During my first few months in China, I traveled with Katie to northern Inner Mongolia
, where we learned a lot about Genghis Khan and his legacy. I couldn't get enough, so a year later, when I heard about a giant memorial to Genghis Khan in the middle of nowhere, I decided that I couldn't miss out on the opportunity to see it.
For the first leg of my journey, I hopped on a train from Beijing to Hohhot, capital of Inner Mongolia. Despite it being fall, the weather was hot and sunny, and I spent a couple of days checking out this interesting city.
Fall colors in Hohhot.
This guy was working on his calligraphy skills in the park. He used water for “paint”, so all of that effort would soon evaporate.
A beautiful park in Hohhot.
The river that runs through the park.
Hands down, the best mutton stew I have had in China. It would be worth traveling back to Hohhot just to get another bowl.
Nuts and grains for sale.
Lots of people were walking and cycling around Hohhot's Muslim district. Here are a few of them:
One of the city's main Muslim markets.
The Great Mosque has mini-palms outside, despite the fact that it is in a cold part of China.
This is your gateway to fun.
This woman is carving wooden beads for a necklace.
After Hohhot, I went for the highlight of this short journey: Genghis Khan's mausoleum. It was in the middle of nowhere in Inner Mongolia, so it was kind of hard to get to. And it rained all day. And this was a cenotaph, where there is a coffin but no actual body, because nobody knows where the Great Khan is buried. It's said that in order to keep the location a secret, all of the priests who participated in the burial were killed by guards, and then those guards were killed by another set of guards. But even lacking Khan's actual remains, the compound was interesting, with lots of ancient(-ish) artifacts.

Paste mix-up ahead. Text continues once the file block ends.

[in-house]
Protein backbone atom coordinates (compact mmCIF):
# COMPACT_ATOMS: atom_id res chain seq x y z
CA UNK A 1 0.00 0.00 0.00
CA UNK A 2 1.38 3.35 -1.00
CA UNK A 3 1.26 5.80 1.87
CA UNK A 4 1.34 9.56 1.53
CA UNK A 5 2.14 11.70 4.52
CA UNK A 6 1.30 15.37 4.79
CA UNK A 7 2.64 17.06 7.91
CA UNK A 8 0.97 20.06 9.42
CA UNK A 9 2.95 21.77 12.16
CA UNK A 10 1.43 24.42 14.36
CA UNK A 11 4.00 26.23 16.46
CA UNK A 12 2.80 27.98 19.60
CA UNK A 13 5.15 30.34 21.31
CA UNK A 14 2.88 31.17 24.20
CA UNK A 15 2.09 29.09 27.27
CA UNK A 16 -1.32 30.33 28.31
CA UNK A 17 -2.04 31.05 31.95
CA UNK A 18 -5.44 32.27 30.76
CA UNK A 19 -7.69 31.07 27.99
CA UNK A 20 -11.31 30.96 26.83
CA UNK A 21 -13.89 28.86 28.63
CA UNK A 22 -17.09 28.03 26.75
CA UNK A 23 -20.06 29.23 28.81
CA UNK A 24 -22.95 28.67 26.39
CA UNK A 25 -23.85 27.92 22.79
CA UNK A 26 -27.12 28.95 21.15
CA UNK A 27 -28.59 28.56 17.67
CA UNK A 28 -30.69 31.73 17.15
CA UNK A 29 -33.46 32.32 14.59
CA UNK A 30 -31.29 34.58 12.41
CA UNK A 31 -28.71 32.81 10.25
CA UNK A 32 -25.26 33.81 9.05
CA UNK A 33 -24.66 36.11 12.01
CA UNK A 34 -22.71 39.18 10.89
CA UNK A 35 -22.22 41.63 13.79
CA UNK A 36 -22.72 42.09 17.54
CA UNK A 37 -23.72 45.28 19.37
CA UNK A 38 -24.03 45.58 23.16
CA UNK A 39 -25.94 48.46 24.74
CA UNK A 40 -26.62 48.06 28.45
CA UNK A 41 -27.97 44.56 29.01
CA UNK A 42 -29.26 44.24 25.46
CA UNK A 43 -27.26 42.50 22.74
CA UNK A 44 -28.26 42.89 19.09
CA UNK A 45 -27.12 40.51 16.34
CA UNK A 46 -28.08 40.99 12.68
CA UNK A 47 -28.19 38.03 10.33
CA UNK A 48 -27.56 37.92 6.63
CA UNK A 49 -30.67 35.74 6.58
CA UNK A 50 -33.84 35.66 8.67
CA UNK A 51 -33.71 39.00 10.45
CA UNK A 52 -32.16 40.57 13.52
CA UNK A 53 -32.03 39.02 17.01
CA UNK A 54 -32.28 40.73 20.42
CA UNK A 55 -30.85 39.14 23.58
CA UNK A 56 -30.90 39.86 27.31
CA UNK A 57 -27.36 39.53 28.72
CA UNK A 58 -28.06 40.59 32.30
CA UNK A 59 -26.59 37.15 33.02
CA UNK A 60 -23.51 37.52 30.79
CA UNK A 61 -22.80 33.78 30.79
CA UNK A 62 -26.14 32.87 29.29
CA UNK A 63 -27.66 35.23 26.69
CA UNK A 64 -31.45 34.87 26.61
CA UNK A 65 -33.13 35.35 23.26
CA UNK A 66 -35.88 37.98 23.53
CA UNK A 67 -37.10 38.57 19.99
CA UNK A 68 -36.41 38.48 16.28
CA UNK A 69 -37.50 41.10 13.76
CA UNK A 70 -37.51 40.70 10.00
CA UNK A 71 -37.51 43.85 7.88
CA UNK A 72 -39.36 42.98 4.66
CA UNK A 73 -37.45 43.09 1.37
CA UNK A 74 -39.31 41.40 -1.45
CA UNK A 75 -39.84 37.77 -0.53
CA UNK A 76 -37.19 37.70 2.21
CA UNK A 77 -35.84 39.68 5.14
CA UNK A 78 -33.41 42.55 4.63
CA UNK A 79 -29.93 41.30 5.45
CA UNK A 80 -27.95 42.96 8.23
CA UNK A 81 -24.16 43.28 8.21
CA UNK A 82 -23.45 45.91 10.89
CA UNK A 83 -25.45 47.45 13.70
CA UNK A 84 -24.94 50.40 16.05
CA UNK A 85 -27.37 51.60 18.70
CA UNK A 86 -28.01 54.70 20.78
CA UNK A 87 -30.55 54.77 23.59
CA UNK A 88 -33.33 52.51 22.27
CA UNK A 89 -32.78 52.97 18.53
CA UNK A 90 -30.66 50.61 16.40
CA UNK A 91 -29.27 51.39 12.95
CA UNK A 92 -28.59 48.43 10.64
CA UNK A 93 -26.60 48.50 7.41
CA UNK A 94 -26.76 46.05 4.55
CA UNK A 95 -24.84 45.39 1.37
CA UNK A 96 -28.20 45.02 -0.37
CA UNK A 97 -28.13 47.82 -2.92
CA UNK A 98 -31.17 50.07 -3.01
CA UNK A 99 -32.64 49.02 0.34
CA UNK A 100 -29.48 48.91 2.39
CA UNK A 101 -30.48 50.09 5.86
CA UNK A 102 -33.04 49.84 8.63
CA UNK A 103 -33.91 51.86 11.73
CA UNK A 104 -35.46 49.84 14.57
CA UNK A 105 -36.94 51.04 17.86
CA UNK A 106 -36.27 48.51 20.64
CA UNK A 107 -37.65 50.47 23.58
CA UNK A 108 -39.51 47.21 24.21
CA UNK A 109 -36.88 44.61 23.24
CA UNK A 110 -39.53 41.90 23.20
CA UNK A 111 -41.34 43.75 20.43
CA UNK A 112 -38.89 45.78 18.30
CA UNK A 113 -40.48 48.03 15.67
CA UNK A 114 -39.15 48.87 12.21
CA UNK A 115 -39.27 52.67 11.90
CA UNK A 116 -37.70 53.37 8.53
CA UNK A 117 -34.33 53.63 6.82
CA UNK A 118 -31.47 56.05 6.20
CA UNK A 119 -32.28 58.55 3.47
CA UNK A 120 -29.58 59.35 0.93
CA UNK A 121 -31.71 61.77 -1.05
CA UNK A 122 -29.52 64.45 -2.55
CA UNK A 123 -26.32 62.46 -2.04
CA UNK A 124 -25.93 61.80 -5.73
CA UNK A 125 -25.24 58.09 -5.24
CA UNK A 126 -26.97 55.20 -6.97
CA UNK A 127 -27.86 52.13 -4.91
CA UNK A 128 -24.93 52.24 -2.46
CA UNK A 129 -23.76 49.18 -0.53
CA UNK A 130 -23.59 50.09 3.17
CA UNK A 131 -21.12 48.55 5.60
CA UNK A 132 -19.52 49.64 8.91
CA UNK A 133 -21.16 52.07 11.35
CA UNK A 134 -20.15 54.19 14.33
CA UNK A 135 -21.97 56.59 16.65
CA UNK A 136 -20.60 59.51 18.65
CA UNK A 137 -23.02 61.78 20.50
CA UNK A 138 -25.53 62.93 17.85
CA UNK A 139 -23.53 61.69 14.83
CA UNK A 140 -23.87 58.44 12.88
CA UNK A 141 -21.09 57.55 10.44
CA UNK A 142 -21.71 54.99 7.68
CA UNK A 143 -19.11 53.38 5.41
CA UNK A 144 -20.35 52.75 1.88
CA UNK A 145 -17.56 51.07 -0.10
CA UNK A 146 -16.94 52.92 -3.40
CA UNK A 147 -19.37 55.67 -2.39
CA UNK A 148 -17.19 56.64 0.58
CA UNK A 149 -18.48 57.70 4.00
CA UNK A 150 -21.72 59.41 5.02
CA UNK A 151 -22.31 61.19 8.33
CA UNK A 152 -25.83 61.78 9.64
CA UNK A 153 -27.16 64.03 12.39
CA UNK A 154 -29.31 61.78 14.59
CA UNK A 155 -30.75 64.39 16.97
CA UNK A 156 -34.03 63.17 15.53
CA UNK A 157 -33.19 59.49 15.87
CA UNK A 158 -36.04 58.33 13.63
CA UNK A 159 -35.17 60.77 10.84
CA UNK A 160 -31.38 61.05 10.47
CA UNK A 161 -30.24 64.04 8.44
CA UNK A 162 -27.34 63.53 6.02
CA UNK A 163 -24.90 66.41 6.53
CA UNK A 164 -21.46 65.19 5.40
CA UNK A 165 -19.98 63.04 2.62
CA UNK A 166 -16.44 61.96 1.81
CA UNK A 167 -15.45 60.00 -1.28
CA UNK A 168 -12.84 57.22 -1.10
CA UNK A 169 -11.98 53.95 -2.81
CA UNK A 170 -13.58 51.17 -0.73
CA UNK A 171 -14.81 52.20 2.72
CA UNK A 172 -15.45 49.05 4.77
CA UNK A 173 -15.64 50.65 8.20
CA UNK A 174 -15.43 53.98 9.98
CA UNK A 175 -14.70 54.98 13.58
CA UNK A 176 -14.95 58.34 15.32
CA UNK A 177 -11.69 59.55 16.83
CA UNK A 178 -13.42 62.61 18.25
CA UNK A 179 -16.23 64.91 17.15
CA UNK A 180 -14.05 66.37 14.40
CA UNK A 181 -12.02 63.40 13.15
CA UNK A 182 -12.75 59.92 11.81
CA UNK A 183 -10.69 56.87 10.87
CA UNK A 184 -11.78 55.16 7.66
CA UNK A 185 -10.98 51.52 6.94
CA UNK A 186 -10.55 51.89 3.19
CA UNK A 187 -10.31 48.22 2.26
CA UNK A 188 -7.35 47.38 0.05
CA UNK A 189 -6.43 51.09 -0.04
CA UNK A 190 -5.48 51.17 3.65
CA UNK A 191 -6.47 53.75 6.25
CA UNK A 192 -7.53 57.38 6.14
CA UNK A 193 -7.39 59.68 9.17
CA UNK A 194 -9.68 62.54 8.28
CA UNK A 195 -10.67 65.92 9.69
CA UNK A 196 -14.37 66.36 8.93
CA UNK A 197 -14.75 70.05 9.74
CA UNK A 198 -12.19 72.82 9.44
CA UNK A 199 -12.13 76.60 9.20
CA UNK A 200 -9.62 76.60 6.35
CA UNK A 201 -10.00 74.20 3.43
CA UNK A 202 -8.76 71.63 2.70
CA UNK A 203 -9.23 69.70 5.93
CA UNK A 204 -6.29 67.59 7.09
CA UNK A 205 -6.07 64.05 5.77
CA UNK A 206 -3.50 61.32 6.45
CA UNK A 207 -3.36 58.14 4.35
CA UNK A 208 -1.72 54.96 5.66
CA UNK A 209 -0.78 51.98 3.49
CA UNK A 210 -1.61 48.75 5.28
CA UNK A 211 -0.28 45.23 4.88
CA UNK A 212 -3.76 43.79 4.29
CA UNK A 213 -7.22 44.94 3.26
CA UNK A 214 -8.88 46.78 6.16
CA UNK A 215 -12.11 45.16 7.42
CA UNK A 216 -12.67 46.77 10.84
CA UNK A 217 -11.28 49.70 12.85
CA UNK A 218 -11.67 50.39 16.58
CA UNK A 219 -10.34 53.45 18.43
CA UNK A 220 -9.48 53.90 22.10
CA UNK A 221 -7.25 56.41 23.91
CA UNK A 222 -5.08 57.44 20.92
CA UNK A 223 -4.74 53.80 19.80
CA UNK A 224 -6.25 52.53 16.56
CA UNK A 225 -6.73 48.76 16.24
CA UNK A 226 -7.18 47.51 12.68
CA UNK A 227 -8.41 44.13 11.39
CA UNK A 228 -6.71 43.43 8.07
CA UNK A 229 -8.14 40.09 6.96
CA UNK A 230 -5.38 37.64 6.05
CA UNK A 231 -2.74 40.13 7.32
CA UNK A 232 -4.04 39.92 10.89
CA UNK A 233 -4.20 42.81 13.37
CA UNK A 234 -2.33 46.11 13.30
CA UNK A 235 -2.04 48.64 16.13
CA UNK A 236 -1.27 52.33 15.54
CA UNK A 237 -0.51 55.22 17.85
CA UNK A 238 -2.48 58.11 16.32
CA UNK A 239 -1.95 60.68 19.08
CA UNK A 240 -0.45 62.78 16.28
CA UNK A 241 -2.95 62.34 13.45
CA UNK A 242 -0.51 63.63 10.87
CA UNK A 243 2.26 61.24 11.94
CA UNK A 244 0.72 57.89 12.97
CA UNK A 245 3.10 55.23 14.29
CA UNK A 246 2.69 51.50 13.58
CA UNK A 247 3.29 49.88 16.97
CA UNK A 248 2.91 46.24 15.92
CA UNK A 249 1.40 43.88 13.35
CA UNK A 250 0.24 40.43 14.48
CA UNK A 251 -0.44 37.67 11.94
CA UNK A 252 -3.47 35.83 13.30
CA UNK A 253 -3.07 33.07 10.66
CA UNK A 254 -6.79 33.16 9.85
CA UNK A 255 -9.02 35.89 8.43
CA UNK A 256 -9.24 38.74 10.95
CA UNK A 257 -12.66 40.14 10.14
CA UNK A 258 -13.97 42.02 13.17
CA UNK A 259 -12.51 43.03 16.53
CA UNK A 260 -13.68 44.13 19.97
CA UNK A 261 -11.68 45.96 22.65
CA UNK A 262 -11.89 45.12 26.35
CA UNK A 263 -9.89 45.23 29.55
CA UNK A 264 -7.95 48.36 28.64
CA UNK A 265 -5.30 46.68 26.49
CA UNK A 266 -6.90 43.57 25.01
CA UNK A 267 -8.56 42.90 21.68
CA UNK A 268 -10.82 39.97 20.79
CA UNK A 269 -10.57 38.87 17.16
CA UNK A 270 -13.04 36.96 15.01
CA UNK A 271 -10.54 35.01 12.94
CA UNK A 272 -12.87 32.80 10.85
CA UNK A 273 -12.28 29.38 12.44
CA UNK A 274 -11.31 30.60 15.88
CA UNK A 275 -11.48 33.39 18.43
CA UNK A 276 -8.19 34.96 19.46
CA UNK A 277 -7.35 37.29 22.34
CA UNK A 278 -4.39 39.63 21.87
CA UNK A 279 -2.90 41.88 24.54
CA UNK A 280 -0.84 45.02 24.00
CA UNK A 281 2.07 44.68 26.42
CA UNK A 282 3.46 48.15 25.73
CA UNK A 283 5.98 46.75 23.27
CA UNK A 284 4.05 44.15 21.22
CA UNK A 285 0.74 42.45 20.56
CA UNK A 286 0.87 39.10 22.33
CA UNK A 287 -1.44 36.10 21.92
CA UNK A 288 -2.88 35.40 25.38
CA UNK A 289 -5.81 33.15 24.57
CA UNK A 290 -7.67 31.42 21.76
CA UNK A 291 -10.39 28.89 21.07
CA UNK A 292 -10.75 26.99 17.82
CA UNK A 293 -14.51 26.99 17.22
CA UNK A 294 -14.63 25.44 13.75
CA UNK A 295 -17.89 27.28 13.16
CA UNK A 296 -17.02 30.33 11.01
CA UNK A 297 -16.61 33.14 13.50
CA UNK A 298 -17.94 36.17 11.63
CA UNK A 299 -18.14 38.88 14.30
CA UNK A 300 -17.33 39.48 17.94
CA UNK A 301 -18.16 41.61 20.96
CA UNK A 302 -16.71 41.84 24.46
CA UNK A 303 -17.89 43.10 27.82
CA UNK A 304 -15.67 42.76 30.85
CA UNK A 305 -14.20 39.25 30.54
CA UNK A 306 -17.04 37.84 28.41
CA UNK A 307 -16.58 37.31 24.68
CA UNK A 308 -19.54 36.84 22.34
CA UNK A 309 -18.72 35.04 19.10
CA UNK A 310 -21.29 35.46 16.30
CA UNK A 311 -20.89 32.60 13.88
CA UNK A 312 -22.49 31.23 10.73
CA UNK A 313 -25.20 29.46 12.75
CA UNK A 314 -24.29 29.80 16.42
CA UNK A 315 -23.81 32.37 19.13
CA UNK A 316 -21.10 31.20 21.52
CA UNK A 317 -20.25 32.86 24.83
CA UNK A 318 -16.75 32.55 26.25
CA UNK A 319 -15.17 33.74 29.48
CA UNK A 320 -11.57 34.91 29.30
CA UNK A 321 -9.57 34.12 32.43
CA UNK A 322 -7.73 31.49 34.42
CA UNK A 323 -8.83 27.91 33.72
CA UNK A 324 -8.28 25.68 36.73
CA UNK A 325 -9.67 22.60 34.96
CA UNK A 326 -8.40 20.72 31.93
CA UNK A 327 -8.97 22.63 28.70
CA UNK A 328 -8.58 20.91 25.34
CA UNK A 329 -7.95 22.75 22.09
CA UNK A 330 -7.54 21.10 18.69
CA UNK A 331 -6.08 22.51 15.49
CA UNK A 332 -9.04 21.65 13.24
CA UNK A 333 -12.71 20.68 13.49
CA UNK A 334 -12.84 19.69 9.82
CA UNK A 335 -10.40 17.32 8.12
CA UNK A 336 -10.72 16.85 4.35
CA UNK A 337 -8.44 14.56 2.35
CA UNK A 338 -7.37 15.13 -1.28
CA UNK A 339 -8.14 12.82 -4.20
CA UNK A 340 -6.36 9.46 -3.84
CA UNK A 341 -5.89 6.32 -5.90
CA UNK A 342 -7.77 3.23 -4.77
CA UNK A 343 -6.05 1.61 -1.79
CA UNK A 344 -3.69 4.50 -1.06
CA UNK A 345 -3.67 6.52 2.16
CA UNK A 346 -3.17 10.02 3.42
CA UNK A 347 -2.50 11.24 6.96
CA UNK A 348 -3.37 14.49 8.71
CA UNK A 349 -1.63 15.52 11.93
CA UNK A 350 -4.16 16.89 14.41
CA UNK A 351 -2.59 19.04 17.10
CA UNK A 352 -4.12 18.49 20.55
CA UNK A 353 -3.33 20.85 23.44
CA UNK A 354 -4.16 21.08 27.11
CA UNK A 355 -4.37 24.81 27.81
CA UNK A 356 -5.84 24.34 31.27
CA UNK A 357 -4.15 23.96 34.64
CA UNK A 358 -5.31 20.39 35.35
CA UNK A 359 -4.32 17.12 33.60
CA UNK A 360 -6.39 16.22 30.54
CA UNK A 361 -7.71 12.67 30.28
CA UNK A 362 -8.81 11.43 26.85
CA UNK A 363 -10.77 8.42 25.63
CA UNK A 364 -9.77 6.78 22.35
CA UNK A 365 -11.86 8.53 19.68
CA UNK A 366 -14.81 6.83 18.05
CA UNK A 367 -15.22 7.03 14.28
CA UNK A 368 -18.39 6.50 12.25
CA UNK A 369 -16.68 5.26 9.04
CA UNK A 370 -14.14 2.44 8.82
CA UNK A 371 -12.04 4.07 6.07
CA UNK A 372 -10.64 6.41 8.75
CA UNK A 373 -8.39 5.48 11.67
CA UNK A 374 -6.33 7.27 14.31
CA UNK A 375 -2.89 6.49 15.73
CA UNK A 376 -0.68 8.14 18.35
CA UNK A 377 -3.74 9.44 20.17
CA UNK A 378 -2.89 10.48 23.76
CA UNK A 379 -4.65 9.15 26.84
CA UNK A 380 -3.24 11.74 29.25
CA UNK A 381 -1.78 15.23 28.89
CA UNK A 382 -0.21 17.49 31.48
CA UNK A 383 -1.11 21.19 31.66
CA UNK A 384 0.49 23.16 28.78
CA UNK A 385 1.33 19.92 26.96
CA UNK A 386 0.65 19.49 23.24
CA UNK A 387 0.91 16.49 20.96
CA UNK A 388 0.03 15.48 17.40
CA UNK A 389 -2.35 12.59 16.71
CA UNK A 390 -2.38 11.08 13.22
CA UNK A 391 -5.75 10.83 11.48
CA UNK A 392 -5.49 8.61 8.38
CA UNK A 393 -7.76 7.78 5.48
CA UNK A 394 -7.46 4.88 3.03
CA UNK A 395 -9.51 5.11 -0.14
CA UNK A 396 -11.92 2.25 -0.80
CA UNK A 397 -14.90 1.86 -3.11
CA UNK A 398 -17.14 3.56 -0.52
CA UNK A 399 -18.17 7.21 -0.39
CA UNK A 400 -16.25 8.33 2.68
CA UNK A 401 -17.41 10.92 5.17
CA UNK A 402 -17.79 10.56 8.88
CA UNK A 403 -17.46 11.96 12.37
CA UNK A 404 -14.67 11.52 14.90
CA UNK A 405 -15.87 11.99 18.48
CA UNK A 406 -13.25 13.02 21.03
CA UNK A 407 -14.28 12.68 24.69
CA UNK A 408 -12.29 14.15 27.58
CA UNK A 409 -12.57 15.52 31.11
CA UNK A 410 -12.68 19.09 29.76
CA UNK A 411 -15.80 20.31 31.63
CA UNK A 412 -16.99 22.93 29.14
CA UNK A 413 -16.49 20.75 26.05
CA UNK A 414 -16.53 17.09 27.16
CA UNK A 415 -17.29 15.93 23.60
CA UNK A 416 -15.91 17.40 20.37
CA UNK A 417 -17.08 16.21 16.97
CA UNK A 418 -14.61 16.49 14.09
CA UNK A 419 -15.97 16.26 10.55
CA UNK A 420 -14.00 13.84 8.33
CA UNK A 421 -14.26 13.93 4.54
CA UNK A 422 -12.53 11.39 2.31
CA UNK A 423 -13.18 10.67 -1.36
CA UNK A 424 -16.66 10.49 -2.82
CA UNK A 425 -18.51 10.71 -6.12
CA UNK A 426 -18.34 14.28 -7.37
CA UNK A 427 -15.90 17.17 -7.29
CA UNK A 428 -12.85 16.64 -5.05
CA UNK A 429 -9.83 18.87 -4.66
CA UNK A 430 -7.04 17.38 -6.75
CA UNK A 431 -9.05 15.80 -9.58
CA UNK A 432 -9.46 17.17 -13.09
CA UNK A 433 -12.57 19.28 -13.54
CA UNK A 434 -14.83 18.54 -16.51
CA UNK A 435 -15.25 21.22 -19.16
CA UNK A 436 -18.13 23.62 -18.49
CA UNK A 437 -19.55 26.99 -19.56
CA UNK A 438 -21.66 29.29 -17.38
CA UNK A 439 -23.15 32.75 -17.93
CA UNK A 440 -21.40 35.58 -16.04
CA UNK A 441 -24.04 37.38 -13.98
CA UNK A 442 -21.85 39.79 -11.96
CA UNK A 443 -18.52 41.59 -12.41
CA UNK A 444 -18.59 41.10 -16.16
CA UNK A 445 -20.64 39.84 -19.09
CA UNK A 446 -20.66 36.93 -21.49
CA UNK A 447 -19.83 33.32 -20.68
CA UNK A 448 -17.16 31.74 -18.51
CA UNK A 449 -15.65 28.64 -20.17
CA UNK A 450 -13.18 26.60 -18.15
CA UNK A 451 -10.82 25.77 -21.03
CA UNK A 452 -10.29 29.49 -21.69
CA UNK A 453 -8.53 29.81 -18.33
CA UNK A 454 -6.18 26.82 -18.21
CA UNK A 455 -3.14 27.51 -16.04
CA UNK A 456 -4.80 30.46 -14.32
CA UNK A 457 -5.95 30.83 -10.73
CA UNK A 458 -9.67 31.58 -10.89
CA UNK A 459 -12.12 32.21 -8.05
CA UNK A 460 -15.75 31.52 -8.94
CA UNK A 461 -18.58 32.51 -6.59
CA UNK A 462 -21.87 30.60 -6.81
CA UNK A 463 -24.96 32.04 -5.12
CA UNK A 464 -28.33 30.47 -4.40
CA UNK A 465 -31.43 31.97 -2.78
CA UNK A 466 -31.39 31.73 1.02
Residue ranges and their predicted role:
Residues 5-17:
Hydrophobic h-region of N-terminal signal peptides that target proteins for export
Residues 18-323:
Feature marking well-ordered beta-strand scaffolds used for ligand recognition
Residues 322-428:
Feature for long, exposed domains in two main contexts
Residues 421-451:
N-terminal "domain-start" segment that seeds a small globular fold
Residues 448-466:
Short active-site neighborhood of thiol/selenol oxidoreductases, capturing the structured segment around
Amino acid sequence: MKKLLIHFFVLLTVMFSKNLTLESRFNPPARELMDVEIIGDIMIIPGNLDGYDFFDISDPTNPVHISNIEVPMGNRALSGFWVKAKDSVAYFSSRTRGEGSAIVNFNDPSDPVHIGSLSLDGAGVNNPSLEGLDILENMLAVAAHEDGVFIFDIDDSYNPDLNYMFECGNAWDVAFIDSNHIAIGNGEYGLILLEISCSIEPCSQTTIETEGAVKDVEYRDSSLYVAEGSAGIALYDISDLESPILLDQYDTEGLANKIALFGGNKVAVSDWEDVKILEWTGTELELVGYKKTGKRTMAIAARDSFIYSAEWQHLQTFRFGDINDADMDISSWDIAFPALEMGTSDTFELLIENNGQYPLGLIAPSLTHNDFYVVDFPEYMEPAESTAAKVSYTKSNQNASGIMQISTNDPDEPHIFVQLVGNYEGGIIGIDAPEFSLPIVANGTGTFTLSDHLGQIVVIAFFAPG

This is the main building. No photography was allowed inside. The walls were painted with giant murals depicting Mongolian history, and there was a large altar dedicated to the Great Kahn himself.
Here is one of the memorial mounds outside of the main building.
I'm the one in the back, with the red jacket.
Ancient Mongolian kid's shirt.
A dragon chalice.
A bronze dog from the Yuan dynasty.
A figure wall painting from the Qing dynasty.
A modern ger for the modern Mongolian family.
Dongsheng, the nearest city to the mausoleum, had some interesting sculptures in its parks.
Genghis Kahn's legacy is inescapable in this region.
To be honest, the mausoleum left me feeling a bit underwhelmed. Not that it wasn't impressive, because it was. I think what kept me from loving it was the crappy weather, the lack of public transportation and the high entrance fee. I spent a lot of money going there, and I think that unless you're an absolute Mongolian buff, it's probably not worth the long journey.
Has anyone else out there been to this mausoleum? What did you think?
Here are some more of my pictures from Inner Mongolia.